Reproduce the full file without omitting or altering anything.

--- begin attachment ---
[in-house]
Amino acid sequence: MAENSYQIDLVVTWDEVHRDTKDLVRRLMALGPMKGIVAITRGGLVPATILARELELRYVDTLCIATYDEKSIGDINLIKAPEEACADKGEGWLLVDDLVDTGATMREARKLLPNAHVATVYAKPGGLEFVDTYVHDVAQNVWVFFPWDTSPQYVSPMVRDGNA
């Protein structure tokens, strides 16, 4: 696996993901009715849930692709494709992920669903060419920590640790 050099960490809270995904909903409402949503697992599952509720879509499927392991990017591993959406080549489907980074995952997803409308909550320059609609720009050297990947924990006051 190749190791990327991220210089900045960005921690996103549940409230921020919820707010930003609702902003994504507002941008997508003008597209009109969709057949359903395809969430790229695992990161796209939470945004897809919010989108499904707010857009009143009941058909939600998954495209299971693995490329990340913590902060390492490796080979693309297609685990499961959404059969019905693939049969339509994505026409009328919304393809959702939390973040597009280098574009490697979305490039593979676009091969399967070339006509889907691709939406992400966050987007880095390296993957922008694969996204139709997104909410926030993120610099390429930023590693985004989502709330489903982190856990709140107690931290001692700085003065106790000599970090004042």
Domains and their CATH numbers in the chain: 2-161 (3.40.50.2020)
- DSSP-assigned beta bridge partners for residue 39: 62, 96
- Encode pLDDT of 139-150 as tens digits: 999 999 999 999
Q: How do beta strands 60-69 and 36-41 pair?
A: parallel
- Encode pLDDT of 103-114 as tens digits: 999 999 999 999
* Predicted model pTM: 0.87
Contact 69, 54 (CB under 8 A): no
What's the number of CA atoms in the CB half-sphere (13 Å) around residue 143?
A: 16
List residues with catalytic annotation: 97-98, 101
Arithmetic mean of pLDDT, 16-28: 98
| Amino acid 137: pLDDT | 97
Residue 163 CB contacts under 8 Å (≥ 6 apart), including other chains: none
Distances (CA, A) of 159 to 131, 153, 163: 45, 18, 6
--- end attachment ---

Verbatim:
[in-house]
Amino acid sequence: MAENSYQIDLVVTWDEVHRDTKDLVRRLMALGPMKGIVAITRGGLVPATILARELELRYVDTLCIATYDEKSIGDINLIKAPEEACADKGEGWLLVDDLVDTGATMREARKLLPNAHVATVYAKPGGLEFVDTYVHDVAQNVWVFFPWDTSPQYVSPMVRDGNA
């Protein structure tokens, strides 16, 4: 696996993901009715849930692709494709992920669903060419920590640790 050099960490809270995904909903409402949503697992599952509720879509499927392991990017591993959406080549489907980074995952997803409308909550320059609609720009050297990947924990006051 190749190791990327991220210089900045960005921690996103549940409230921020919820707010930003609702902003994504507002941008997508003008597209009109969709057949359903395809969430790229695992990161796209939470945004897809919010989108499904707010857009009143009941058909939600998954495209299971693995490329990340913590902060390492490796080979693309297609685990499961959404059969019905693939049969339509994505026409009328919304393809959702939390973040597009280098574009490697979305490039593979676009091969399967070339006509889907691709939406992400966050987007880095390296993957922008694969996204139709997104909410926030993120610099390429930023590693985004989502709330489903982190856990709140107690931290001692700085003065106790000599970090004042």
Domains and their CATH numbers in the chain: 2-161 (3.40.50.2020)
- DSSP-assigned beta bridge partners for residue 39: 62, 96
- Encode pLDDT of 139-150 as tens digits: 999 999 999 999
Q: How do beta strands 60-69 and 36-41 pair?
A: parallel
- Encode pLDDT of 103-114 as tens digits: 999 999 999 999
* Predicted model pTM: 0.87
Contact 69, 54 (CB under 8 A): no
What's the number of CA atoms in the CB half-sphere (13 Å) around residue 143?
A: 16
List residues with catalytic annotation: 97-98, 101
Arithmetic mean of pLDDT, 16-28: 98
| Amino acid 137: pLDDT | 97
Residue 163 CB contacts under 8 Å (≥ 6 apart), including other chains: none
Distances (CA, A) of 159 to 131, 153, 163: 45, 18, 6